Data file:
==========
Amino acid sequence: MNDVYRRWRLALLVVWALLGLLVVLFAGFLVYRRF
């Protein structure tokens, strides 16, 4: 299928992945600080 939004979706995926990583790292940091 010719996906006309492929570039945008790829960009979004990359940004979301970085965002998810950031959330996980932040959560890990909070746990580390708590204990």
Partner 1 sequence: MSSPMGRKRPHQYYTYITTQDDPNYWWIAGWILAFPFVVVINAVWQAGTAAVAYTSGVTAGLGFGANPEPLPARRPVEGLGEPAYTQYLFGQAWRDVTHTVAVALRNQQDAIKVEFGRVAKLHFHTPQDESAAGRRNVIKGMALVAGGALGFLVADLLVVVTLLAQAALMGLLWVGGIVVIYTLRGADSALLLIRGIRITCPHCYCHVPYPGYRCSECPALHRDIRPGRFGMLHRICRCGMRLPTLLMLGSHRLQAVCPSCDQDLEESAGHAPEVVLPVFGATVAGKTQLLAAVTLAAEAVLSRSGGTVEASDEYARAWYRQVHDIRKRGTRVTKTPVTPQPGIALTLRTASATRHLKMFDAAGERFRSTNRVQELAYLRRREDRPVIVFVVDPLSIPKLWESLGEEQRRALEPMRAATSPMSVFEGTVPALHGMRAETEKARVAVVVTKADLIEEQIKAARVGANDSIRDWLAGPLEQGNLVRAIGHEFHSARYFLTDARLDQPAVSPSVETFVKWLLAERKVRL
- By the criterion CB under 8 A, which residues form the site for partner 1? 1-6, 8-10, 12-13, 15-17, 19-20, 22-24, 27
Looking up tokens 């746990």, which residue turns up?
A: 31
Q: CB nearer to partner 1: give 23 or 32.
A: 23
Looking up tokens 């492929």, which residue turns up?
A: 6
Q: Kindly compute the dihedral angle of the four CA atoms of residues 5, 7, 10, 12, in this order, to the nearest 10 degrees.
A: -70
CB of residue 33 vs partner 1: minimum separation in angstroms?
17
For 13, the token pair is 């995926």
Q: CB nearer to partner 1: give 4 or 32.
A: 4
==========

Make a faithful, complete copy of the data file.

Amino acid sequence: MNDVYRRWRLALLVVWALLGLLVVLFAGFLVYRRF
């Protein structure tokens, strides 16, 4: 299928992945600080 939004979706995926990583790292940091 010719996906006309492929570039945008790829960009979004990359940004979301970085965002998810950031959330996980932040959560890990909070746990580390708590204990």
Partner 1 sequence: MSSPMGRKRPHQYYTYITTQDDPNYWWIAGWILAFPFVVVINAVWQAGTAAVAYTSGVTAGLGFGANPEPLPARRPVEGLGEPAYTQYLFGQAWRDVTHTVAVALRNQQDAIKVEFGRVAKLHFHTPQDESAAGRRNVIKGMALVAGGALGFLVADLLVVVTLLAQAALMGLLWVGGIVVIYTLRGADSALLLIRGIRITCPHCYCHVPYPGYRCSECPALHRDIRPGRFGMLHRICRCGMRLPTLLMLGSHRLQAVCPSCDQDLEESAGHAPEVVLPVFGATVAGKTQLLAAVTLAAEAVLSRSGGTVEASDEYARAWYRQVHDIRKRGTRVTKTPVTPQPGIALTLRTASATRHLKMFDAAGERFRSTNRVQELAYLRRREDRPVIVFVVDPLSIPKLWESLGEEQRRALEPMRAATSPMSVFEGTVPALHGMRAETEKARVAVVVTKADLIEEQIKAARVGANDSIRDWLAGPLEQGNLVRAIGHEFHSARYFLTDARLDQPAVSPSVETFVKWLLAERKVRL
- By the criterion CB under 8 A, which residues form the site for partner 1? 1-6, 8-10, 12-13, 15-17, 19-20, 22-24, 27
Looking up tokens 């746990």, which residue turns up?
A: 31
Q: CB nearer to partner 1: give 23 or 32.
A: 23
Looking up tokens 């492929």, which residue turns up?
A: 6
Q: Kindly compute the dihedral angle of the four CA atoms of residues 5, 7, 10, 12, in this order, to the nearest 10 degrees.
A: -70
CB of residue 33 vs partner 1: minimum separation in angstroms?
17
For 13, the token pair is 């995926």
Q: CB nearer to partner 1: give 4 or 32.
A: 4